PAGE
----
Multiple sclerosis-Treatments and drugs-By Mayo Clinic staff

Treatments and drugs

There is no cure for multiple sclerosis. Treatment typically focuses on strategies to treat attacks, to modify the course of the disease and to treat symptoms. Some people have such mild symptoms that no treatment is necessary

Strategies to treat attacks

Corticosteroids. The most common treatment for multiple sclerosis, corticosteroids reduce the inflammation that spikes during a relapse. Examples include oral prednisone and intravenous methylprednisolone. Side effects may include increased blood pressure, mood swings and weight gain. Long-term use can lead to cataracts, high blood sugar and increased risk of infections.
Plasma exchange (plasmapheresis). This procedure looks a little like dialysis as it mechanically separates your blood cells from your plasma, the liquid part of your blood. Plasma exchange is sometimes used to help combat severe symptoms of multiple sclerosis relapses in people who aren't responding to intravenous steroids.

Strategies to modify the course of the disease

Beta interferons. These types of drugs — such as Avonex, Betaseron, Extavia and Rebif — appear to slow the rate at which multiple sclerosis symptoms worsen over time. Interferons can cause side effects, including liver damage, so you'll need blood tests to monitor your liver enzymes.
Glatiramer (Copaxone). Doctors believe that glatiramer works by blocking your immune system's attack on myelin. You must inject this drug subcutaneously once daily. Side effects may include flushing and shortness of breath after injection.
Fingolimod (Gilenya). An oral medication given once daily, this works by trapping immune cells in lymph nodes. It reduces attacks of MS and short-term disability. To take this drug, you'll need to have your heart rate monitored for six hours after the first dose because the first dose can slow your heartbeat (bradycardia). You'll also need to be immune to the chickenpox virus (varicella-zoster virus). Other side effects include high blood pressure and visual blurring.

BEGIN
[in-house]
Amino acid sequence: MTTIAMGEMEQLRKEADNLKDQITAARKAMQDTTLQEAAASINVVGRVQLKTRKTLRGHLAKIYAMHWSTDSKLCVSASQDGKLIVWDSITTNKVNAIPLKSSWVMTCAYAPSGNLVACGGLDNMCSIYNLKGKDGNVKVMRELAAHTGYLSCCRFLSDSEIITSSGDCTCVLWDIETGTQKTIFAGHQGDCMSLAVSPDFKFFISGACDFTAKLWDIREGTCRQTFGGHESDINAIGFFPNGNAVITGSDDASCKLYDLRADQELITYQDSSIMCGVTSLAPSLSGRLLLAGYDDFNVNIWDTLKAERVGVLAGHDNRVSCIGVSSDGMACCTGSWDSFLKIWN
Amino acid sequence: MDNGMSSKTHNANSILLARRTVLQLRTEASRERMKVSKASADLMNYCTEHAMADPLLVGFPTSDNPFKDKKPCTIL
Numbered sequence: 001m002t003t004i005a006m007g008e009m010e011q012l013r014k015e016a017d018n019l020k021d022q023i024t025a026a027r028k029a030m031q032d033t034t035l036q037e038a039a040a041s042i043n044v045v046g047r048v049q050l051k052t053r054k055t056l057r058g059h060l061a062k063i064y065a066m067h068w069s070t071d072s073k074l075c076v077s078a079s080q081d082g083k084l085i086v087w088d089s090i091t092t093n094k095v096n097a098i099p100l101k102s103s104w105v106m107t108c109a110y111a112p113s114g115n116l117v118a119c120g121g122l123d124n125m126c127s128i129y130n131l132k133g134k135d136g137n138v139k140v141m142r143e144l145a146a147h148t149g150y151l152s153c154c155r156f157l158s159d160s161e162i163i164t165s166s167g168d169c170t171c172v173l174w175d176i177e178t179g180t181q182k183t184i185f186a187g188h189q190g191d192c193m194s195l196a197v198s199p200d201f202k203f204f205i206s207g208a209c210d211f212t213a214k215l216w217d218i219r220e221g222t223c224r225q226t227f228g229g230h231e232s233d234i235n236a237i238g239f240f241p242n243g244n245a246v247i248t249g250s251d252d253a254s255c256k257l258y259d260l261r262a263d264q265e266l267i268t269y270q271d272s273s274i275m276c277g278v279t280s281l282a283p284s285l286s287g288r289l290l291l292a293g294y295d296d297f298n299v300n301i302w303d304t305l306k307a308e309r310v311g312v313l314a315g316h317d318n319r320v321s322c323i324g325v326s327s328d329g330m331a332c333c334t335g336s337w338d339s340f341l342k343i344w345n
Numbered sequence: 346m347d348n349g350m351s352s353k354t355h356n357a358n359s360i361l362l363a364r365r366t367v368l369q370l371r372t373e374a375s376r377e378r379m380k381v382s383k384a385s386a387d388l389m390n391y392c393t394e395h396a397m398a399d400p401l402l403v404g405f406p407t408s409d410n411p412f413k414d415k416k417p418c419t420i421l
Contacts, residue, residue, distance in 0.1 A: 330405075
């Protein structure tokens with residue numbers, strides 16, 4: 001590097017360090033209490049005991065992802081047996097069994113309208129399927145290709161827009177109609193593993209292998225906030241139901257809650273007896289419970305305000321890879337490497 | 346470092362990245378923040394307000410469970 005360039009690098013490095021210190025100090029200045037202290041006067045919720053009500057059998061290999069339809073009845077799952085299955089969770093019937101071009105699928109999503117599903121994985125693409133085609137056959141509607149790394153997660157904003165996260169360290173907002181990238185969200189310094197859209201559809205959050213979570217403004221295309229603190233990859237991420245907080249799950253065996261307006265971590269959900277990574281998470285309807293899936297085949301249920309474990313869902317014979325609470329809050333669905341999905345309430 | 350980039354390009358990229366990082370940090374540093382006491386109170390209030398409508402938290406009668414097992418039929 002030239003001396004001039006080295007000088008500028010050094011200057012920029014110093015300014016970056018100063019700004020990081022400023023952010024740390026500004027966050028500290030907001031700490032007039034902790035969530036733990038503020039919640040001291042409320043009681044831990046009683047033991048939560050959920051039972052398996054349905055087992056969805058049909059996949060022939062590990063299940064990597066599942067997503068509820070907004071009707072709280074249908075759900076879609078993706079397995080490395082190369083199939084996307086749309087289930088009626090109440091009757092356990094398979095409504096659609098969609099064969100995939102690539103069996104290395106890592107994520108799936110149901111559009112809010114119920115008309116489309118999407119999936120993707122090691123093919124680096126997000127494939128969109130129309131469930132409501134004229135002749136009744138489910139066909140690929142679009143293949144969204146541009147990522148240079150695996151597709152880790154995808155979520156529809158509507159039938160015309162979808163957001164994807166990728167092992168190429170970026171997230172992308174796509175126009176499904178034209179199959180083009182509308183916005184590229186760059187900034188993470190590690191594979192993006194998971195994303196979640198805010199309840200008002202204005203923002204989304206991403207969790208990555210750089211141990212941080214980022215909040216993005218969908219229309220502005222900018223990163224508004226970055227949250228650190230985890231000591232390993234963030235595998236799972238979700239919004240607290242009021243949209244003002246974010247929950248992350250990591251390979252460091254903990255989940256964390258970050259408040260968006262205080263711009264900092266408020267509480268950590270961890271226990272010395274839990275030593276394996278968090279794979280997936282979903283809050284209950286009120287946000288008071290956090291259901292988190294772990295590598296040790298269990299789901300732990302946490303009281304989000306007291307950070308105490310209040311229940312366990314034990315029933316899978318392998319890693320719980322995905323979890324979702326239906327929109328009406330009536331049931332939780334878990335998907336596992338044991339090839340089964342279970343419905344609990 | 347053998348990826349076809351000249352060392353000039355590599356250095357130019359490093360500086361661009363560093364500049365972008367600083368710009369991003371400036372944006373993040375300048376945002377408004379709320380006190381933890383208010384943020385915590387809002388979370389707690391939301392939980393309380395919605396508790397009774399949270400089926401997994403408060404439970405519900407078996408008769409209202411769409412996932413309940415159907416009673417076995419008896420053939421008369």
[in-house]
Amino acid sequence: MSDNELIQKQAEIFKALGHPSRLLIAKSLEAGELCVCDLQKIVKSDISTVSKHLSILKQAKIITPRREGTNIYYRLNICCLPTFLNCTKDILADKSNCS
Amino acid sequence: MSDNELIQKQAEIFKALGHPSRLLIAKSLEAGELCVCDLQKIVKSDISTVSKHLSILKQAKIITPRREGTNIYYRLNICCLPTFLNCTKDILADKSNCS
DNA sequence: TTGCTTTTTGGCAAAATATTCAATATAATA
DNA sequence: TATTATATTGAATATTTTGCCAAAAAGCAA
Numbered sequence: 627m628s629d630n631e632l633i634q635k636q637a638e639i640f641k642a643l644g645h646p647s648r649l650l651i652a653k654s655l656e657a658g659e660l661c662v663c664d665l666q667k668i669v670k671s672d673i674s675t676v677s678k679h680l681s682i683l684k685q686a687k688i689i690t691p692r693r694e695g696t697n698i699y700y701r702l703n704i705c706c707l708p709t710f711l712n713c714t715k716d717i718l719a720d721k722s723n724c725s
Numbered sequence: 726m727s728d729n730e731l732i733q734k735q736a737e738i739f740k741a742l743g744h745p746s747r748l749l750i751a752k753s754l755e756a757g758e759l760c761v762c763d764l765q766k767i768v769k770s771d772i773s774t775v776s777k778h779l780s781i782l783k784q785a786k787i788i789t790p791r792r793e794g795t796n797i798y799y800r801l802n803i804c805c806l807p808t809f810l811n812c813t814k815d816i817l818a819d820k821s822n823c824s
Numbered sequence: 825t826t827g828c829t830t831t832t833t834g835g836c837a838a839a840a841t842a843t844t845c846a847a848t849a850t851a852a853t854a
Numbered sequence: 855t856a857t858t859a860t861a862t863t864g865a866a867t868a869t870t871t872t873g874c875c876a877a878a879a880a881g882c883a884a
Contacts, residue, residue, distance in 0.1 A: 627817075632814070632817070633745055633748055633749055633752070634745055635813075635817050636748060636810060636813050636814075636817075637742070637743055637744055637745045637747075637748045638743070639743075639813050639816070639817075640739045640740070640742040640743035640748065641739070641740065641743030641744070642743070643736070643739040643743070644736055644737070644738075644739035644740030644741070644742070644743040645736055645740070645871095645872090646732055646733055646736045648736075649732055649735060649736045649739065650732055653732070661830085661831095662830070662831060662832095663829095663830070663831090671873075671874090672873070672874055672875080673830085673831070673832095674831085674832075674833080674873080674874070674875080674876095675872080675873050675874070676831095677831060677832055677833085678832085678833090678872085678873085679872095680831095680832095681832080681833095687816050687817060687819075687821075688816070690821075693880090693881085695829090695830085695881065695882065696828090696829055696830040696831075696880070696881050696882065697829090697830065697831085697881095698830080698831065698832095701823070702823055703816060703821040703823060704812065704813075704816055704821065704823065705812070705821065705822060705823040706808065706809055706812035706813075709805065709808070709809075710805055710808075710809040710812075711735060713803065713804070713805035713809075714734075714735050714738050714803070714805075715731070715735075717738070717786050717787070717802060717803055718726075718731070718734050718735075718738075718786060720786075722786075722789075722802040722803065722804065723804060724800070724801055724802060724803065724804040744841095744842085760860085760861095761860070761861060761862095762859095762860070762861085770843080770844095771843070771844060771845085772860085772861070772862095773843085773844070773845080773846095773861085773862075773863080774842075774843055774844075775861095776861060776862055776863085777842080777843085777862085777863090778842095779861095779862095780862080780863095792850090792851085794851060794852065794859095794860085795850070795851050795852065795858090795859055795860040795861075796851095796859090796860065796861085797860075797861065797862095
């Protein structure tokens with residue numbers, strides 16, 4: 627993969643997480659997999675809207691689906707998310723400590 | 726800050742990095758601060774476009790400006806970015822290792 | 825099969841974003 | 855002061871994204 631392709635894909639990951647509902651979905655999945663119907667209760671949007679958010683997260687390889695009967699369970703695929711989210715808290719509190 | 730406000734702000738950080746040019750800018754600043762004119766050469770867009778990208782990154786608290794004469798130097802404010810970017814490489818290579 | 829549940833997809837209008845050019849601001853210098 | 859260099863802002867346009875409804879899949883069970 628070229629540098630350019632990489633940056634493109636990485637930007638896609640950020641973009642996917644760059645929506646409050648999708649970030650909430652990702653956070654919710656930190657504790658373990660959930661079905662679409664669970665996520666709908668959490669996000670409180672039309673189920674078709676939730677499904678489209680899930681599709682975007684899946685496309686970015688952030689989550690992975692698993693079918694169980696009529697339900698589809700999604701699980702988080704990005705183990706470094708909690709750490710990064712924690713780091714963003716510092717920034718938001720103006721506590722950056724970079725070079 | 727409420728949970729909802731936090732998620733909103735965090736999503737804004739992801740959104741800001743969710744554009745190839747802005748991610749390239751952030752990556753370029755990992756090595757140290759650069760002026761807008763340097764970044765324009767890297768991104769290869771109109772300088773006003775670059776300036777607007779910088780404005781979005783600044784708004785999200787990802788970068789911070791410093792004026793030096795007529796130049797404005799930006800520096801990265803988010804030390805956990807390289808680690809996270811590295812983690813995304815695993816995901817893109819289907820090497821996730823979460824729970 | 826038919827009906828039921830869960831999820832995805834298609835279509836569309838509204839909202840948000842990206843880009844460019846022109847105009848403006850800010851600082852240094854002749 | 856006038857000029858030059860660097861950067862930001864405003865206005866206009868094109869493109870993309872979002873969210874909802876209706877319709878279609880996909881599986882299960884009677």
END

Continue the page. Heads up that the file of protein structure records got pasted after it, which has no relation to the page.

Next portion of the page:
Natalizumab (Tysabri). This drug is designed to work by interfering with the movement of potentially damaging immune cells from your bloodstream to your brain and spinal cord. Tysabri is generally reserved for people who see no results from or can't tolerate other types of treatments.
This is because Tysabri increases the risk of progressive multifocal leukoencephalopathy — a brain infection that is usually fatal.
Mitoxantrone (Novantrone). This immunosuppressant drug can be harmful to the heart, and it's associated with development of blood cancers like leukemia, so it's usually used only to treat severe, advanced multiple sclerosis.
Strategies to treat symptoms
Physical therapy. A physical or occupational therapist can teach you stretching and strengthening exercises, and show you how to use devices that can make it easier to perform daily tasks.
Muscle relaxants. If you have multiple sclerosis, you may experience painful or uncontrollable muscle stiffness or spasms, particularly in your legs. Muscle relaxants such as baclofen (Lioresal) and tizanidine (Zanaflex) may improve muscle spasticity. Baclofen may increase weakness in the legs.
Tizanidine may cause drowsiness or a dry mouth.
Medications to reduce fatigue. Drugs such as amantadine (Symmetrel) may help reduce fatigue.
Other medications. Medications may also be prescribed for depression, pain and bladder or bowel control problems that may be associated with multiple sclerosis.

A number of other drugs and procedures such as stem cell transplantation to treat multiple sclerosis are under investigation

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